Sunday, September 18, 2011

Dating: How to Handle Rejection with Dignity and Integrity


Written by Lauren K. of Love Kudos
with Commentary by Lindsay K.

All of us have faced rejection at some point in our lives. Rejection comes with taking risks, and without taking risks in life, you are seldom going to achieve success in dating, friendships, or work. How do we define rejection? The dictionary says, “dismiss as inadequate, inappropriate, or not to one’s taste.” No one likes to feel dismissed, inadequate or inappropriate.

However, we do not all live in Disney Land. Even Tenley Molzahn from the Bachelor had to experience rejection from Jake Pavelka before she rode up to her Castle (The Bachelor Pad) to find love with Kiptyn Locke. She is so lucky that Jake rejected her to find true love.
I admit that I have experienced and dealt out my fair share of rejections this past year in dating. I am proud of the way I have handled my dismissals and want to share some best practices with you men and women out there. Unfortunately, I have been disappointed with and taken aback by the immature behavior I have witnessed from guys lately that I have rejected.

This is not a break up guide. Different topic and different protocol accompanies breaking up. This is about how to handle rejection with dignity and integrity. Although it may not appear that women experience rejection at the beginning of dating, because we are not usually the hunters, we do. When a crush is not reciprocated or a guy asks out our friend over us, we feel dejected and REJECTED. How should we handle this?

Case Studies:


I have quite a few guy friends, some of which are former flings or x-boyfriends. This particular guy did not fall into either of these categories. I really consider him just a platonic friend. Jasper* and I have been friends for a few months and is a few years younger than me.  To read the rest of the case study, click here.

At the beginning of online dating, everyone is just trying to get to know each other and all behaviors are magnified and scrutinized. We make judgment calls with very little data and sometimes decide prematurely that we "like" someone. Well, this happened to me recently with someone that lived a couple of hours away. To read this case study, click here.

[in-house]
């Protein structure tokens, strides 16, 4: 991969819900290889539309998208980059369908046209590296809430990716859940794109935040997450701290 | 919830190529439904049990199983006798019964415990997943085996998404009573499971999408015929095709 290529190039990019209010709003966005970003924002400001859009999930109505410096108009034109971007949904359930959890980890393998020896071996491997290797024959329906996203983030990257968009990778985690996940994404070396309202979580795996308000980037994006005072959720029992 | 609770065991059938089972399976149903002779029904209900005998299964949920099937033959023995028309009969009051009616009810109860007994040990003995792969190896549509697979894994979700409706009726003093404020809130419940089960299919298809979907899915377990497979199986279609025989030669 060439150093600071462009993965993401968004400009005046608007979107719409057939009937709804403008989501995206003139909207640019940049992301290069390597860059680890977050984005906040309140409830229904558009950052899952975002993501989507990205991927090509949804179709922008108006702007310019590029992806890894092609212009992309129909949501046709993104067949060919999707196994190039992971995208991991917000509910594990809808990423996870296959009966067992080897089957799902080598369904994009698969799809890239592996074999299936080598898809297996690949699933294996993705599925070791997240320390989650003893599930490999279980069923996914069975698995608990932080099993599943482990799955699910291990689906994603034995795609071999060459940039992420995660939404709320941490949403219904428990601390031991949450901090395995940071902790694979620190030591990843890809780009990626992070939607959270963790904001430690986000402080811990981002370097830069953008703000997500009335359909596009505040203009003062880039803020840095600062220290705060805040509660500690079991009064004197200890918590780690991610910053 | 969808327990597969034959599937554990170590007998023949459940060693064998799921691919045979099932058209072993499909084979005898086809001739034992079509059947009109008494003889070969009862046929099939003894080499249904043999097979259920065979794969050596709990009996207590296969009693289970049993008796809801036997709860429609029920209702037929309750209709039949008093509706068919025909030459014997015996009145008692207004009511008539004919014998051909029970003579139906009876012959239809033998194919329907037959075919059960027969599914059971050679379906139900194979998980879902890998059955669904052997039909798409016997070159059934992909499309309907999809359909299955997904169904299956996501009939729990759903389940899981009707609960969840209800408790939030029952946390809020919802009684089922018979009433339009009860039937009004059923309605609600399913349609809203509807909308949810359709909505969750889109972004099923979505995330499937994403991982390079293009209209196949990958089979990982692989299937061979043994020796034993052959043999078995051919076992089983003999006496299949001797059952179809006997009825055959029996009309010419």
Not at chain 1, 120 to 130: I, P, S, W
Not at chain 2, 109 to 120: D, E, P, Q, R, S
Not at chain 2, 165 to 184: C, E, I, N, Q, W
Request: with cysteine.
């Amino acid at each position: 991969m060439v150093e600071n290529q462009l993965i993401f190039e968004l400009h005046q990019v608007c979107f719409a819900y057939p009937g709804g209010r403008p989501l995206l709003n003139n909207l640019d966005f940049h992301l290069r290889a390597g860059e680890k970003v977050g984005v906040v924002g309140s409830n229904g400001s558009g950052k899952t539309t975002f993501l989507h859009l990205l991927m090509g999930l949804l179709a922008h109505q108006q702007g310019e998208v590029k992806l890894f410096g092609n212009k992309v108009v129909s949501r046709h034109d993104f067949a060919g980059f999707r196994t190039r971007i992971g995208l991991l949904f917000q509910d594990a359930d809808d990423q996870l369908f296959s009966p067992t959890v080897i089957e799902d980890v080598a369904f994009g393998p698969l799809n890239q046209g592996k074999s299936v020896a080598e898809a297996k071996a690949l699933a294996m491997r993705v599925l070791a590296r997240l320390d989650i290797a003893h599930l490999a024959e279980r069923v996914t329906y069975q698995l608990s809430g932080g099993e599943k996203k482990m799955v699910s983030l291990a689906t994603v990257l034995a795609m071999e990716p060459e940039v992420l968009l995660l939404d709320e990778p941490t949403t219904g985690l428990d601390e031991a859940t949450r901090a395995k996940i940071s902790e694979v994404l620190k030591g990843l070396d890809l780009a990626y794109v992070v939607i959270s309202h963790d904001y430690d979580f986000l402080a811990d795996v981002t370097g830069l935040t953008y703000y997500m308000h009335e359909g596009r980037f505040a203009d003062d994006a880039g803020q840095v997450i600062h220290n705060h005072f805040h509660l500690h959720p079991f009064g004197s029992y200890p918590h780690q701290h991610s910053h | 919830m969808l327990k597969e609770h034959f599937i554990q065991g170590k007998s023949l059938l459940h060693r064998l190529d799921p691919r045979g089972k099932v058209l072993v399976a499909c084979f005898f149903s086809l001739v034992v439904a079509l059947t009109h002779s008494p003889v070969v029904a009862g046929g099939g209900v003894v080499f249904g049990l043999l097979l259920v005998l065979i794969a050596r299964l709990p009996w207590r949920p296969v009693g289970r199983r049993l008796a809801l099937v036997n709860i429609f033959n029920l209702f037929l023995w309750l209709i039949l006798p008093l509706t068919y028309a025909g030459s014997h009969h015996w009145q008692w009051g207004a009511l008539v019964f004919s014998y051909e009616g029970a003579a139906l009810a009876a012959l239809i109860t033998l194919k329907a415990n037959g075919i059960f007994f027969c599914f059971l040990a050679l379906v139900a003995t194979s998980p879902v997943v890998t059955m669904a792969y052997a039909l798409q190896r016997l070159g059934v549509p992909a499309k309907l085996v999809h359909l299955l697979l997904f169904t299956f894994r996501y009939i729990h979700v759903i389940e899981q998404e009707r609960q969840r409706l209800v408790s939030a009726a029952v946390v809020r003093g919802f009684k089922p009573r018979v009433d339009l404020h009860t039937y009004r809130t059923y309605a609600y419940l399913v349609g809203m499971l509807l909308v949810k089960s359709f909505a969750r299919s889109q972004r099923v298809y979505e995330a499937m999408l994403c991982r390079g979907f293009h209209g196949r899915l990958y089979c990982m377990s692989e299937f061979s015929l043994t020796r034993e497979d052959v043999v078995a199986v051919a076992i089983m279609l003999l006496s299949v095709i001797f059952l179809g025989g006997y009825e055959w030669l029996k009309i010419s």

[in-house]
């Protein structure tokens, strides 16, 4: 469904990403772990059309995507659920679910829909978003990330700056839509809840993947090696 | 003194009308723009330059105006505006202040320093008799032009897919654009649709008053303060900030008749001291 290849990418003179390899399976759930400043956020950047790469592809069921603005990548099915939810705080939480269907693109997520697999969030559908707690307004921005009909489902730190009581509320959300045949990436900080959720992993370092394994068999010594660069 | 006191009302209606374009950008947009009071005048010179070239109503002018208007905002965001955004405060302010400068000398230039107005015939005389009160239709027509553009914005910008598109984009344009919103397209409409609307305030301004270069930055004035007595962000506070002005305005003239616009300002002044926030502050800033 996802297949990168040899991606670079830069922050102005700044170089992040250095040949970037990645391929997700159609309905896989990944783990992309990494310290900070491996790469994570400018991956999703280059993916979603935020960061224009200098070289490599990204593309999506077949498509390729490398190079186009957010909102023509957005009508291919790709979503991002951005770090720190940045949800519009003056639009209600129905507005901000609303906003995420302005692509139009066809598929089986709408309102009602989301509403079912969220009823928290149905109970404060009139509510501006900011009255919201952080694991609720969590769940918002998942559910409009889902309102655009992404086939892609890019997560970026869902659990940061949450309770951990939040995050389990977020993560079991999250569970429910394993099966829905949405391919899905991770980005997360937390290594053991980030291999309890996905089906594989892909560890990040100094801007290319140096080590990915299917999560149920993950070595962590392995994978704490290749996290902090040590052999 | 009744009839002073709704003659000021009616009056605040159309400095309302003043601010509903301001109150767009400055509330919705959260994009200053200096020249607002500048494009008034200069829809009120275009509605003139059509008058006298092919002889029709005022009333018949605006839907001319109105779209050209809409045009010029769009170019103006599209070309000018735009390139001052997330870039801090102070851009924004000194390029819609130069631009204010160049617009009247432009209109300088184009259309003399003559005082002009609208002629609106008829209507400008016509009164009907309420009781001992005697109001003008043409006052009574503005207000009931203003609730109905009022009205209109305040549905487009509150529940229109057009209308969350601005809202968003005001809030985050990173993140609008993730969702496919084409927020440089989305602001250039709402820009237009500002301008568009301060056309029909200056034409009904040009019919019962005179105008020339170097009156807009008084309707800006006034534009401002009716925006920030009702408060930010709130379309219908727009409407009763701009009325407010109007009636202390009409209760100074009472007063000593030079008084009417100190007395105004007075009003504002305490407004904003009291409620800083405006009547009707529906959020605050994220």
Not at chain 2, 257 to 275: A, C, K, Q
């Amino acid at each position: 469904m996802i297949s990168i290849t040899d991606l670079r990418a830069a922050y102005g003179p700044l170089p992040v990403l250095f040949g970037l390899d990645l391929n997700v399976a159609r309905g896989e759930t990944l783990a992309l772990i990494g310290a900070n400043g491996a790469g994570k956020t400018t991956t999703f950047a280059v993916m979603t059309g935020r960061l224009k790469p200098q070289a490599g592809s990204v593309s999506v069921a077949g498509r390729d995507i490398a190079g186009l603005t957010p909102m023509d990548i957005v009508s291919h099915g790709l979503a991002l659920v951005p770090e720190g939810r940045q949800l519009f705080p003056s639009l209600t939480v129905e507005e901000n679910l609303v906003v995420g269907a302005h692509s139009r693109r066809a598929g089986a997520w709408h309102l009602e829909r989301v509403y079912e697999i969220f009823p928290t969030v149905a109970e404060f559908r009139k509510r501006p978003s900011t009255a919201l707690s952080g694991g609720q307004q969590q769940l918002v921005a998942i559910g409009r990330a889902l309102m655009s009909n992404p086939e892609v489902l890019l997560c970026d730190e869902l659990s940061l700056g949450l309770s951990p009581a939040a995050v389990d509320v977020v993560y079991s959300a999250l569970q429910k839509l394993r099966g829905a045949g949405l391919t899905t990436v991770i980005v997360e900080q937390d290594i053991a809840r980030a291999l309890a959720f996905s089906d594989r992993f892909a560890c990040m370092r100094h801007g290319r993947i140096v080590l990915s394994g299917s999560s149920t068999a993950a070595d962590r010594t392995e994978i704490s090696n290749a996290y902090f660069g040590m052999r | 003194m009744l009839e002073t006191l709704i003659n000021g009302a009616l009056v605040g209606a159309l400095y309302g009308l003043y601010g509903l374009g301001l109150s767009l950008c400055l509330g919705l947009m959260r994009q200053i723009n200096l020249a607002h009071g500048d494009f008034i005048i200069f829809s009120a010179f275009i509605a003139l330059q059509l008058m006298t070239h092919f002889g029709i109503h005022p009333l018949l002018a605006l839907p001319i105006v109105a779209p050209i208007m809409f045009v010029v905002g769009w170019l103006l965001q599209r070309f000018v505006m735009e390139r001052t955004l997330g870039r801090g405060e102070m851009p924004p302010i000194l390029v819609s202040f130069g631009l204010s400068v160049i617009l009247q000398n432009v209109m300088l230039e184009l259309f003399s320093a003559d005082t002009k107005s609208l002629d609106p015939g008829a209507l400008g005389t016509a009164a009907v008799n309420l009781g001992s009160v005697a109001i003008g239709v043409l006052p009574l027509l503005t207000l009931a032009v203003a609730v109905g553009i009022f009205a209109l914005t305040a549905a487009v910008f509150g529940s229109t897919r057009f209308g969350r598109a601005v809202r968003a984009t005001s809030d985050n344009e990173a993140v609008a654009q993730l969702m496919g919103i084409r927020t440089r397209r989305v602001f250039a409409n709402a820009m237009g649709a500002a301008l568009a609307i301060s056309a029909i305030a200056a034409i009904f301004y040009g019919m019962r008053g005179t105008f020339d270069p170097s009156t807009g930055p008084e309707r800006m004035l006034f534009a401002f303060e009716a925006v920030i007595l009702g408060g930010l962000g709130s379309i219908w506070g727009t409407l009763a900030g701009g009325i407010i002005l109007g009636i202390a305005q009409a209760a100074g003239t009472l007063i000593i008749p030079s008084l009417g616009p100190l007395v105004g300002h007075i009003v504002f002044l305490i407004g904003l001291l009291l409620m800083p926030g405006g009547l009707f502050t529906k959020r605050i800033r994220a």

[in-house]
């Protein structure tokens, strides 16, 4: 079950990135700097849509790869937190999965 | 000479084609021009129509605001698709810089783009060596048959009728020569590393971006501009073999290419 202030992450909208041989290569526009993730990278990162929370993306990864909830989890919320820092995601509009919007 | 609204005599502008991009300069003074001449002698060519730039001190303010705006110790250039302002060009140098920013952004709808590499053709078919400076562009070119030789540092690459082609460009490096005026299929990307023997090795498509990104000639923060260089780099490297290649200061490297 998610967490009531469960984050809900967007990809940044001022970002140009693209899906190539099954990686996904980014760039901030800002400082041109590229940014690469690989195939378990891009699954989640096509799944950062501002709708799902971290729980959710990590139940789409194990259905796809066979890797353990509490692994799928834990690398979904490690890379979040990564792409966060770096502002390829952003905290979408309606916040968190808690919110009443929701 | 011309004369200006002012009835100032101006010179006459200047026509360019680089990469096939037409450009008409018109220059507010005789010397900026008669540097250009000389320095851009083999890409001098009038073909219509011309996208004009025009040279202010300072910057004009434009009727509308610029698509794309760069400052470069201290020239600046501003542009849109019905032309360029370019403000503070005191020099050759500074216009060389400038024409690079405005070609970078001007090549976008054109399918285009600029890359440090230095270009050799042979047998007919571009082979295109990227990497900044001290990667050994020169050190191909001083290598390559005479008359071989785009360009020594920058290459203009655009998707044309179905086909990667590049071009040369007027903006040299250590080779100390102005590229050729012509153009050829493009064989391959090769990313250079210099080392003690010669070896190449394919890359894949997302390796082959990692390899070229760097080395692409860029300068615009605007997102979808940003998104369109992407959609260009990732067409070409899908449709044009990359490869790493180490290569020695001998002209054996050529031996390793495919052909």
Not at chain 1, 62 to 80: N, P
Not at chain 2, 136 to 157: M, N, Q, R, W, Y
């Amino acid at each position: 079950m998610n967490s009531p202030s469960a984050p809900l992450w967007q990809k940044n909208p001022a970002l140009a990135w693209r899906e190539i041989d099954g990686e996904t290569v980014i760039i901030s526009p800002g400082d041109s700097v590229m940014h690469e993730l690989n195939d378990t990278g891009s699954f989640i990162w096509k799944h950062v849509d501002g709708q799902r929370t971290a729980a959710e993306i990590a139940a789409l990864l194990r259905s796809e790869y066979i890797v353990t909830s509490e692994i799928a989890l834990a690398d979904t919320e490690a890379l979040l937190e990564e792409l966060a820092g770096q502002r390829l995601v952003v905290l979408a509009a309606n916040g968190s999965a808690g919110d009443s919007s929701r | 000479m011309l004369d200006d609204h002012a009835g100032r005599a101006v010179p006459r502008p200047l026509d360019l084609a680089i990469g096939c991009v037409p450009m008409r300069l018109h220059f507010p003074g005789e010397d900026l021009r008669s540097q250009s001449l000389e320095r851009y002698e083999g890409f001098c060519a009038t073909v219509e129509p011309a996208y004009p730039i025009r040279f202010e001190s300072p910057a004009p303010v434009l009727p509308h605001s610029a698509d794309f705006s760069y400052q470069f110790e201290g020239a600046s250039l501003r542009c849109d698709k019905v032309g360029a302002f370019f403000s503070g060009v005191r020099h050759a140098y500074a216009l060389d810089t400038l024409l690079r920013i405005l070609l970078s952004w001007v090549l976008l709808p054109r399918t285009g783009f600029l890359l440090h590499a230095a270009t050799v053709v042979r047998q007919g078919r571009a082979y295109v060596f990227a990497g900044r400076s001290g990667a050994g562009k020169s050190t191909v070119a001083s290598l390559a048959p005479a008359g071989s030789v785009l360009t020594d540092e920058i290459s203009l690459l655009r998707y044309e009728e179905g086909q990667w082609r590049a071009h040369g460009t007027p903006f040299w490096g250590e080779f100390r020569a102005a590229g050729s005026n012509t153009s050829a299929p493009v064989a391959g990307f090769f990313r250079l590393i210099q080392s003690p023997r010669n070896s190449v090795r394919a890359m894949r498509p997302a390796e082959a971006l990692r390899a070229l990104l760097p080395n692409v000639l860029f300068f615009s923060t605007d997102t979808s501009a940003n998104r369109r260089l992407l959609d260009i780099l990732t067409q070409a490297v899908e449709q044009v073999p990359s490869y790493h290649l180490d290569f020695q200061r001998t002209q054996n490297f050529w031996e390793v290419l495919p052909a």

Yes, I get rejected too. I went on a date recently that I felt went really well, but just knew at the end that it was not a completely mutual match. After a two hour plus lunch date, he dropped me off at my car and said, "Take care." I gave him a befuddled look and then he said, "Talk to you soon." It was coerced and had a pretty good indication that he would not be talking to me soon. However, that was the right thing to say given that I was not content with his subtle rejection of "Take care." I was afraid that maybe I had done something wrong in the last ten minutes of the date to offend him, so I decided to send out a feeler text a few days later inquiring if he found any furniture. He went shopping for furniture directly after our date. What is the worst that can happen, he does not respond? I could handle that.

He ends up writing me a really nice rejection email on Take notes guys and girls.

Thanks for the text. I did find a few places that had some great furniture after we met and will make a final decision when I get back from my trip. How was your pool party? By the way, you have one of those smiles you could get lost into over and over again. That said, I am concerned that we are so opposite with regards to our personality type. I am an introvert and not sure I could keep up with you with your very active lifestyle.

I responded with a text saying "Thank you for your email. I wish you felt differently, but that is why it is dating. Best of luck." His positive rejection email got him a date recommendation. I am setting him up with someone I know and hope that they are a better match.

Lindsay K. adds that rejection can be a useful starting point to explore and learn more about yourself.  Why did the rejection occur?  Was it just not a match?  Or did I do something that sabotaged a future with him/her? With each person you meet, dating or just friends, it gives you the opportunity to learn something about someone else AND yourself.  If you are not learning from the lessons of rejection and making the same mistakes over and over again, then you are wasting your time and others.

You can also reflect on why YOU rejected someone. Where they not tall enough? Did they not bring your flowers?  I have gone on many first dates, but I wonder if I was too quick to judge or was my gut instinct right.

Lauren K. says with each rejection, it brings us one step closer to finding someone that is a better fit. If the rejection is always one way, perhaps you need to reevaluate your dating methods and screening techniques.

Please remember to buy your tickets for the bat cruise and come to the after party fundraiser to support Bastrop Wildfires and Love Kudos. Contact us if you have any questions about these events in Austin.

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